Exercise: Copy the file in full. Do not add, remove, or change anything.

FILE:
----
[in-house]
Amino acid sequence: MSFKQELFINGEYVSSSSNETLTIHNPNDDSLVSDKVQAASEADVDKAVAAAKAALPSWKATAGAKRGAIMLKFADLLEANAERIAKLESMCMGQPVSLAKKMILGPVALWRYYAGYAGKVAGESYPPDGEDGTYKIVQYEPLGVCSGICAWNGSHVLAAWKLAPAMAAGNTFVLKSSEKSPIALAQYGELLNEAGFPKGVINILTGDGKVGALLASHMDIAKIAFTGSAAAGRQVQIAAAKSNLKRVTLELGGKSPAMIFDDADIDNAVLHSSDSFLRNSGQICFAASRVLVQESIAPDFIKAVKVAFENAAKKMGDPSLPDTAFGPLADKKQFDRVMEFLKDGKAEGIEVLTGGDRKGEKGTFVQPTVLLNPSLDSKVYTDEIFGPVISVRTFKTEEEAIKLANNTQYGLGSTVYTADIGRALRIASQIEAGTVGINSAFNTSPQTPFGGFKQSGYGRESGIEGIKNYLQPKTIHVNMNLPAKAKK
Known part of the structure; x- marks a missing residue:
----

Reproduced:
[in-house]
Amino acid sequence: MSFKQELFINGEYVSSSSNETLTIHNPNDDSLVSDKVQAASEADVDKAVAAAKAALPSWKATAGAKRGAIMLKFADLLEANAERIAKLESMCMGQPVSLAKKMILGPVALWRYYAGYAGKVAGESYPPDGEDGTYKIVQYEPLGVCSGICAWNGSHVLAAWKLAPAMAAGNTFVLKSSEKSPIALAQYGELLNEAGFPKGVINILTGDGKVGALLASHMDIAKIAFTGSAAAGRQVQIAAAKSNLKRVTLELGGKSPAMIFDDADIDNAVLHSSDSFLRNSGQICFAASRVLVQESIAPDFIKAVKVAFENAAKKMGDPSLPDTAFGPLADKKQFDRVMEFLKDGKAEGIEVLTGGDRKGEKGTFVQPTVLLNPSLDSKVYTDEIFGPVISVRTFKTEEEAIKLANNTQYGLGSTVYTADIGRALRIASQIEAGTVGINSAFNTSPQTPFGGFKQSGYGRESGIEGIKNYLQPKTIHVNMNLPAKAKK
Known part of the structure; x- marks a missing residue: